In the Foursome format, short game around the green performance is usually critical. In a typical stroke play event such as The Players Championship, short game around the green performance usually has a much smaller impact on player’s performance. But in a match play, alternate-shot format the opposite has been true. My conclusion is that with the alternate-shot format, more greens in regulation are likely to be missed. The team that can save par and extend holes is usually likely to come out on top. The European team has mostly dominated the U.S. team over the past 20 years in the Foursome format, and the European teams typically are stronger with their short game around the green.

Other factors involved with Foursome play are Red Zone Performance (shots from 175-225 yards) and being able to pair the right players together based on how they each play off the tee and with their approach shots from the rough. For example, a pairing of Phil Mickelson (who misses a lot of fairways) and Zach Johnson (who is not very good from the rough) would likely be a poor pairing.

In the Fourball format (lowest score), the best performers are high birdie makers and players that perform well on the par-4s, par-5s, and par-3s. Bubba Watson makes a lot of birdies and plays the par-4s and par-5s well, thus making him a good candidate for the Fourball format. The only issue with Bubba in the past is he has occasionally struggled on the par-3s. That can be resolved by pairing him with a player who makes a lot of birdies and is a strong performer on the par-3s. The reason for Jim Furyk’s struggles in the Fourball format is that he does not make a lot of birdies and is a merely average performer on the par-5s.

Note: All rankings below are based out of 209 golfers.

1. Patrick Reed

In the past, it has been difficult to get an accurate depiction of Reed’s game. He was notorious for either getting into contention or blowing up if he wasn’t in contention after the first round. He is now far better at avoiding those blowup rounds and remaining competitive regardless of how he well he performs at the beginning of the tournament. His iron play has been excellent, and since he is good on approach shots from the rough, short game around the green and he makes a lot of birdies and plays the par-4s and par-5s well, he should continue to be a great competitor in the Ryder Cup format. Given his inability to find the fairway off the tee, however, I would recommend pairing him with a quality performer from the rough in the alternate shot format.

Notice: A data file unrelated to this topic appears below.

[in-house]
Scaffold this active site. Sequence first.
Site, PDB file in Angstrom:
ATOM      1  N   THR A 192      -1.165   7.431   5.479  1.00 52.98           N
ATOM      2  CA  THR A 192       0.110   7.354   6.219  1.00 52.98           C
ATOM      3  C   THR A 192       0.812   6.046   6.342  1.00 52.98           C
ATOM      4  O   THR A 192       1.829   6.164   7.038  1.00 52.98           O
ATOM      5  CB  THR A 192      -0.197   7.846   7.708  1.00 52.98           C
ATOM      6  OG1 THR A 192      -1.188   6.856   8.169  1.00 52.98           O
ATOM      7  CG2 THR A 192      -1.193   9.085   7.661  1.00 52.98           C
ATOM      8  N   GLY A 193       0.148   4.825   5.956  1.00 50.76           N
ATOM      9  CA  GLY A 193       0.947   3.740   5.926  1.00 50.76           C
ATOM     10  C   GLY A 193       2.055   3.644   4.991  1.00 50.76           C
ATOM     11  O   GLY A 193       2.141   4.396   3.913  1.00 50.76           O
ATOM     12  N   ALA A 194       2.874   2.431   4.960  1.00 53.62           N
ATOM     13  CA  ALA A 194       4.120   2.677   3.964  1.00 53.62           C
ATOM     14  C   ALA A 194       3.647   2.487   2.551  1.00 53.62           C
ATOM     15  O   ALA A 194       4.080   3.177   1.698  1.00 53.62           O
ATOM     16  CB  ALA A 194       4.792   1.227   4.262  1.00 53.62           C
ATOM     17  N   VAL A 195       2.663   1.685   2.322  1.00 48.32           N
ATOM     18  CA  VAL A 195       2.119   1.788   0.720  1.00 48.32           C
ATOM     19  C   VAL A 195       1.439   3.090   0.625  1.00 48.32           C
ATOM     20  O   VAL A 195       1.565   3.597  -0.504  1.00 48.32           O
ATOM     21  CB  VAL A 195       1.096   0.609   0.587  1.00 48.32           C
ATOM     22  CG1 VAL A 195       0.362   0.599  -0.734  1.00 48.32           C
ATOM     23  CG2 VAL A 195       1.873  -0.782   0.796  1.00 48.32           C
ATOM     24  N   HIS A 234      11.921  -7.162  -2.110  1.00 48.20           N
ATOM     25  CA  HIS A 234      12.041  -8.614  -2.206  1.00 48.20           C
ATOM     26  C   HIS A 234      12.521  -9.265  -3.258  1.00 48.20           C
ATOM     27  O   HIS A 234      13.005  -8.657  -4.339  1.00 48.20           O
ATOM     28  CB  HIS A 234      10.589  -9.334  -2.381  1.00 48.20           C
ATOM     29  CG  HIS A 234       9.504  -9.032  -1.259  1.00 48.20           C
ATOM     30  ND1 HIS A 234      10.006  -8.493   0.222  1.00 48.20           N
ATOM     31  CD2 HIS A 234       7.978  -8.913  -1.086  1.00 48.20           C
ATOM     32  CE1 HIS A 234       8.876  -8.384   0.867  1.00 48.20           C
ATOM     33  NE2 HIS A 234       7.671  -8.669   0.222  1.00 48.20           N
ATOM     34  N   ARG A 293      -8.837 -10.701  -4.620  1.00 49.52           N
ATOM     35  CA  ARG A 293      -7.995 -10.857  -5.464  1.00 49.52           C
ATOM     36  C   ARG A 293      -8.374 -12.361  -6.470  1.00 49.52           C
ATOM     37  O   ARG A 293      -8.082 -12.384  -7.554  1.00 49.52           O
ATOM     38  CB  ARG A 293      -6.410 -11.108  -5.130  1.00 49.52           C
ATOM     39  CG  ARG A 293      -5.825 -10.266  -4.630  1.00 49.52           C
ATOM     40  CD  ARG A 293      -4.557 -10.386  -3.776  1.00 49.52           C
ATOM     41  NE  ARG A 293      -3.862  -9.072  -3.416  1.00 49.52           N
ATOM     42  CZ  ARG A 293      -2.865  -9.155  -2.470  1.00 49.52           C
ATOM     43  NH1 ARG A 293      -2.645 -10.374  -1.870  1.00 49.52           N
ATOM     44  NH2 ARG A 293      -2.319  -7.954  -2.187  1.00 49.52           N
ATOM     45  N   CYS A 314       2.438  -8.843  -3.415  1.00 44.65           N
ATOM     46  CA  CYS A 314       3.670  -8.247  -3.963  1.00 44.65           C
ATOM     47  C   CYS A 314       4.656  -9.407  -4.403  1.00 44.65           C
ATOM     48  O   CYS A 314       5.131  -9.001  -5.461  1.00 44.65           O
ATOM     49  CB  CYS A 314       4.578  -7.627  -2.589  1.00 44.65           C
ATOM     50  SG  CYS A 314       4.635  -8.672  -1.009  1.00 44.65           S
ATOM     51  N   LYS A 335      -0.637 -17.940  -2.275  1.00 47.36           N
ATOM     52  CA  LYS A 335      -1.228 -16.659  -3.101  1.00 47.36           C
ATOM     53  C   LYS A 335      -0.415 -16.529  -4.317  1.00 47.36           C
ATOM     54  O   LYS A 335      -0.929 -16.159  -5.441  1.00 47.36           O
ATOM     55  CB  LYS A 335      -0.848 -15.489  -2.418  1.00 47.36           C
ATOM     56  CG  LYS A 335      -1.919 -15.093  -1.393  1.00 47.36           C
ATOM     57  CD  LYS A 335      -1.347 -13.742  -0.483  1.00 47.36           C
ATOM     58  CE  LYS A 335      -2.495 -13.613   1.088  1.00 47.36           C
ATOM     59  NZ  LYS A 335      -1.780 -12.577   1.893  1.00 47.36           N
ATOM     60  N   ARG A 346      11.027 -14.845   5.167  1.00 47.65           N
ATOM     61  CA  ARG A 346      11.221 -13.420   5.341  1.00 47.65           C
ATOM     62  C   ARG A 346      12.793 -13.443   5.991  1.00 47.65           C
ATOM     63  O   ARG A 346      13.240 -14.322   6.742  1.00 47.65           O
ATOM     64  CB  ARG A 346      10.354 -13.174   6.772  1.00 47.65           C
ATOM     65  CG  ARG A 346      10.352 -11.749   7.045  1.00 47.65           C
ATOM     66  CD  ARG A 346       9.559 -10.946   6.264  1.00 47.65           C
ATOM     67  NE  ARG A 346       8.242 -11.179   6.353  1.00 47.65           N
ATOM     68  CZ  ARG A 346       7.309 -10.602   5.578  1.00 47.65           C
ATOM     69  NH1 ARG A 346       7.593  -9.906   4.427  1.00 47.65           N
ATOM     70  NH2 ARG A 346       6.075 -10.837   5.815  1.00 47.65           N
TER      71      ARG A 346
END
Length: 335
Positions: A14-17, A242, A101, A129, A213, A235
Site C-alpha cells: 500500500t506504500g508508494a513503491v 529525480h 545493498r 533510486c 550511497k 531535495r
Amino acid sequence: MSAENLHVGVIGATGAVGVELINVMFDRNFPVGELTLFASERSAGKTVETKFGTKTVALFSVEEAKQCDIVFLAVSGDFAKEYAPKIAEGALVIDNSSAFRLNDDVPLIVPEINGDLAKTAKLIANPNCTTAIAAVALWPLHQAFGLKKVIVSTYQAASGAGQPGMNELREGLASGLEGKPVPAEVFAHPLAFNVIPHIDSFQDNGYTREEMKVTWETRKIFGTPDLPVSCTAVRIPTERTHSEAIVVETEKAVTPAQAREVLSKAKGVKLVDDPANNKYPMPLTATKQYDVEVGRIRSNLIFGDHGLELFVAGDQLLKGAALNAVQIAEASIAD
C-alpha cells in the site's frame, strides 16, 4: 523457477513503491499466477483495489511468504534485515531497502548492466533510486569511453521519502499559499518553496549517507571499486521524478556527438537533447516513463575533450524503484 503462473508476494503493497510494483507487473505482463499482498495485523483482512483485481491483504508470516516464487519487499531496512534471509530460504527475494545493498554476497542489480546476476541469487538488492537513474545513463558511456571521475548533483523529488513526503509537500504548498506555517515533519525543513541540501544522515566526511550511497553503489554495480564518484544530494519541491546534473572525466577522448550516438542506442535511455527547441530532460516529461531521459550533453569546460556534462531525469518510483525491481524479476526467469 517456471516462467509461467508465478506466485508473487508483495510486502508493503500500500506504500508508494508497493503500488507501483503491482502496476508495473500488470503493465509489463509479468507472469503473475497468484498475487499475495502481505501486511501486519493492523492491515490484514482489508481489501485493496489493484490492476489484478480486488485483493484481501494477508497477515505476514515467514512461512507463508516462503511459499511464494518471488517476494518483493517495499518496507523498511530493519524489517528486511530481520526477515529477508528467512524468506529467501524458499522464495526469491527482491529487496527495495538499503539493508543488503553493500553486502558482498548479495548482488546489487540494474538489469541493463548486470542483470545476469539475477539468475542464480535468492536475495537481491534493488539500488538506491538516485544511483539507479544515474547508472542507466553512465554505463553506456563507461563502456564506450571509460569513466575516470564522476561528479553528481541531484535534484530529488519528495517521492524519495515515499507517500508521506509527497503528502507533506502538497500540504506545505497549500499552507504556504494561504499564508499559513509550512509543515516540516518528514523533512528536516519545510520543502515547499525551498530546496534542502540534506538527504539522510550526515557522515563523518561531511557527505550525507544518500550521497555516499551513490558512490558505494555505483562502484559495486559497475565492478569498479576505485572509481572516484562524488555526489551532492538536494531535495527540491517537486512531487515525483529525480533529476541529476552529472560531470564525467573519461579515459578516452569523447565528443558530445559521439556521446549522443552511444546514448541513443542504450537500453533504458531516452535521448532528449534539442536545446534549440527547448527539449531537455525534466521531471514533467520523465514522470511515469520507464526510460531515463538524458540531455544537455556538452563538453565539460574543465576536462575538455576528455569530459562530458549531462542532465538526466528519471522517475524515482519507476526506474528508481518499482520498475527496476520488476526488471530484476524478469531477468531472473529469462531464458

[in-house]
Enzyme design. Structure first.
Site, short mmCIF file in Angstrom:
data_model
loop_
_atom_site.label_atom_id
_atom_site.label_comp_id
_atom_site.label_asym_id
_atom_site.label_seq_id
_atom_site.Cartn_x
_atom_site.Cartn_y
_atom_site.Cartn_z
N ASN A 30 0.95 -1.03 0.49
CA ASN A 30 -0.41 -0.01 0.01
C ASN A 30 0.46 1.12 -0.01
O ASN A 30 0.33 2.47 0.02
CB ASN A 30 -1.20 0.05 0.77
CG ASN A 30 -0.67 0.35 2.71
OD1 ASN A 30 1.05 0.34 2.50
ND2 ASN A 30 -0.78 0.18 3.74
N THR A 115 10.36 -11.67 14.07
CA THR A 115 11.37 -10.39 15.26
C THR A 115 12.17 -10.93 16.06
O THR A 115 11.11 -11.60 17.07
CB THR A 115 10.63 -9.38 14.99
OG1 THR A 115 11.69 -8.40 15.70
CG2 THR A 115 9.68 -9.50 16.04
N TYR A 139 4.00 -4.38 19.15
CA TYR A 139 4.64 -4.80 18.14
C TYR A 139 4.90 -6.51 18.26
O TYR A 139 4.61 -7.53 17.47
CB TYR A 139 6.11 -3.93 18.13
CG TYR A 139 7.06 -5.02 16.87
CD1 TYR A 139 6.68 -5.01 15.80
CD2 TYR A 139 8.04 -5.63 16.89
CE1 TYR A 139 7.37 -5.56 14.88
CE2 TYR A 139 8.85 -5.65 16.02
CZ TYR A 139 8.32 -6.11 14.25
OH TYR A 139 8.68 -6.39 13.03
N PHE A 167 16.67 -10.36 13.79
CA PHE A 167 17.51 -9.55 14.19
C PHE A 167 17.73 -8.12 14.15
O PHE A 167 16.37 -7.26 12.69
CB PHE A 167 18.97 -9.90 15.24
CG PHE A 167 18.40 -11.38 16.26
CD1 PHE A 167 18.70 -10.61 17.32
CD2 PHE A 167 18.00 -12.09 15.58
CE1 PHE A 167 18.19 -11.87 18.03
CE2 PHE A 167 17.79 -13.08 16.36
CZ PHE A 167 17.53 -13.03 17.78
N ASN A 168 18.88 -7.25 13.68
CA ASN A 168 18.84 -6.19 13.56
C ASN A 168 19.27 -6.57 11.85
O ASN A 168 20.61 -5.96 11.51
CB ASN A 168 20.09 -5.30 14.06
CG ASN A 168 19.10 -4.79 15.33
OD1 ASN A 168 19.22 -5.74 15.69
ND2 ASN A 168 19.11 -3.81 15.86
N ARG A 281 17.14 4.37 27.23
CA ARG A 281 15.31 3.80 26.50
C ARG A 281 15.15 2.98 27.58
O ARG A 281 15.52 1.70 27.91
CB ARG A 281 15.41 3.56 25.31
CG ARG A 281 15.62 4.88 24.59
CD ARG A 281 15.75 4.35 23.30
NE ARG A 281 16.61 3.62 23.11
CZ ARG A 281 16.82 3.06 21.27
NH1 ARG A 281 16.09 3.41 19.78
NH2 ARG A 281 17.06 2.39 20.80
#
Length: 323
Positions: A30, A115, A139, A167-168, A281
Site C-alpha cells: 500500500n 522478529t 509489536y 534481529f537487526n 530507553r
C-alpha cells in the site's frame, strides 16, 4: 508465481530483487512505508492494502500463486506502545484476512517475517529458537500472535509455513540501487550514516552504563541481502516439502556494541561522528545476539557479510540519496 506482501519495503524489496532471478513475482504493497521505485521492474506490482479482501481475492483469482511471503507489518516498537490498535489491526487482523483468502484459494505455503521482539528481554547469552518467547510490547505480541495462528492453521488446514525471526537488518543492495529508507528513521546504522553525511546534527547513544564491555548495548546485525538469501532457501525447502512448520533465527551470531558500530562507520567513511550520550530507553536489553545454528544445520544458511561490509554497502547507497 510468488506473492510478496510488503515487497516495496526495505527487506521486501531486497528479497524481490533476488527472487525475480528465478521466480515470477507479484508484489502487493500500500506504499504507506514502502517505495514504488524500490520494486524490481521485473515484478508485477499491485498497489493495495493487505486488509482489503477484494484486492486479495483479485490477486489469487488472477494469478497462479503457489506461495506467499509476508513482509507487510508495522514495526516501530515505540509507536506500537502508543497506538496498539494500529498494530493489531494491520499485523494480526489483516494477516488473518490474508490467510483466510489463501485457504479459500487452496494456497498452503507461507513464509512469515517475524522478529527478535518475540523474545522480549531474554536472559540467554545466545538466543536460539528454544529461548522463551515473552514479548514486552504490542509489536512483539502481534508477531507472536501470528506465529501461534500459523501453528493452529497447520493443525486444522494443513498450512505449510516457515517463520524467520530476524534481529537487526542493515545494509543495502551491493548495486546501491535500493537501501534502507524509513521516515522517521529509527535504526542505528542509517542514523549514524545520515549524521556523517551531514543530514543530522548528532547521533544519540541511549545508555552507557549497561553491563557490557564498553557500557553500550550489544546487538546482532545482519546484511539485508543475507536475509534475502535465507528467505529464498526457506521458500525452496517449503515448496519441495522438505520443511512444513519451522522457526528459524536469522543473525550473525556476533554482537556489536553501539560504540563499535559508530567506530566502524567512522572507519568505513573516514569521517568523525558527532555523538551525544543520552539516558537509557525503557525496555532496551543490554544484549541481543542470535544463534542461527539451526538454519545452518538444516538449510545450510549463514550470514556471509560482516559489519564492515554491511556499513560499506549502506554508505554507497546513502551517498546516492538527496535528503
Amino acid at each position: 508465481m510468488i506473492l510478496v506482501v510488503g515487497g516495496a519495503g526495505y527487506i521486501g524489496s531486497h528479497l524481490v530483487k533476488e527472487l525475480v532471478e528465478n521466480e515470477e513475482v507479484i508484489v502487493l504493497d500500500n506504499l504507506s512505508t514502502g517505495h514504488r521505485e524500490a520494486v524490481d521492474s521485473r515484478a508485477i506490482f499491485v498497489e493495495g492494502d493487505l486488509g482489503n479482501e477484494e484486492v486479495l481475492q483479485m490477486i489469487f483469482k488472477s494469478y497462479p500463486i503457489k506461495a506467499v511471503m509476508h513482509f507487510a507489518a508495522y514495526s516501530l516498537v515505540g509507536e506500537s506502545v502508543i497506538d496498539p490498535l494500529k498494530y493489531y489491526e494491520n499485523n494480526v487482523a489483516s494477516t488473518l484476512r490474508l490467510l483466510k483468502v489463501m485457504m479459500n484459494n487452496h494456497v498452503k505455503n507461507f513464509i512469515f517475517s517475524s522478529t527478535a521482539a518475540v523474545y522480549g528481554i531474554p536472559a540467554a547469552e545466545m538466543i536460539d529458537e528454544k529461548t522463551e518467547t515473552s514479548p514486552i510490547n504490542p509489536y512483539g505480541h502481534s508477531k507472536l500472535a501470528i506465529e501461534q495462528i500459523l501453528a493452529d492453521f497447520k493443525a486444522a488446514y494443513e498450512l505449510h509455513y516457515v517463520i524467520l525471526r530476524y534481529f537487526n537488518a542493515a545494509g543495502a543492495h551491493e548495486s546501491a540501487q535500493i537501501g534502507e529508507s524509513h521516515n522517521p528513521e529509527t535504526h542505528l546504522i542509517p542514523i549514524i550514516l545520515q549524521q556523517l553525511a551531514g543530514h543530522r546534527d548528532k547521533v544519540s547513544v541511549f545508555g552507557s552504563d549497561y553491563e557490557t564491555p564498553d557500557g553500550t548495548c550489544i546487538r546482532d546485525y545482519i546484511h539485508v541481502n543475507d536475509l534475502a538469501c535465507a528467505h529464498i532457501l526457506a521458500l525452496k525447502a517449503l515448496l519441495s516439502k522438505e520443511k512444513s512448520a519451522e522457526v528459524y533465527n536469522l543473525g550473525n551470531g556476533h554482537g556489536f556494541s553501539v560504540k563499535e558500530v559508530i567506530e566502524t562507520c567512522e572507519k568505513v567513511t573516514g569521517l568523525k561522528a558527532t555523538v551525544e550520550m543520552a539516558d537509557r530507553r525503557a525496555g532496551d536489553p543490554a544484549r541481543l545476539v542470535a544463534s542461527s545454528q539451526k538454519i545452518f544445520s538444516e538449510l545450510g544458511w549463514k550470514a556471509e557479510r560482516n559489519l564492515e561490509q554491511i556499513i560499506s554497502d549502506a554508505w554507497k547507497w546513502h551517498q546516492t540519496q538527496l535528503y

2. Justin Thomas

On paper, Thomas should be Team USA’s toughest competitor as he has little in the way of holes in his game. He drives it great, hits his irons well from every distance, has a superb short game and can putt. He also makes a ton of birdies, plays every type of hole well and rarely makes bogeys. Like Reed, it would be advisable to pair him with a player that is a quality performer from the rough in the alternate shot format.

3. Dustin Johnson

DJ is the second-strongest performer on paper. The only thing that currently separates Justin Thomas from DJ is their Red Zone play. DJ has typically been a world-class performer from the Red Zone, however, and the data suggests that his ranking from the Red Zone should rapidly improve. He struck it well from the Red Zone in his last two events at Harbour Town Golf Links and TPC Sawgrass. And with his putting performance this season, he could make for a great competitor in this year’s Ryder Cup.

4. Jordan Spieth

Spieth has the metrics to be a strong Ryder Cup performer, as he strikes the ball well with his driver and his irons while having a superb short game around the green. His only weakness in the Fourball format is his performance on the par-3s, but that is due to his inability to make putts from 15-25 feet (198th). That is the crux of the situation for Spieth; can he get his old putting form back?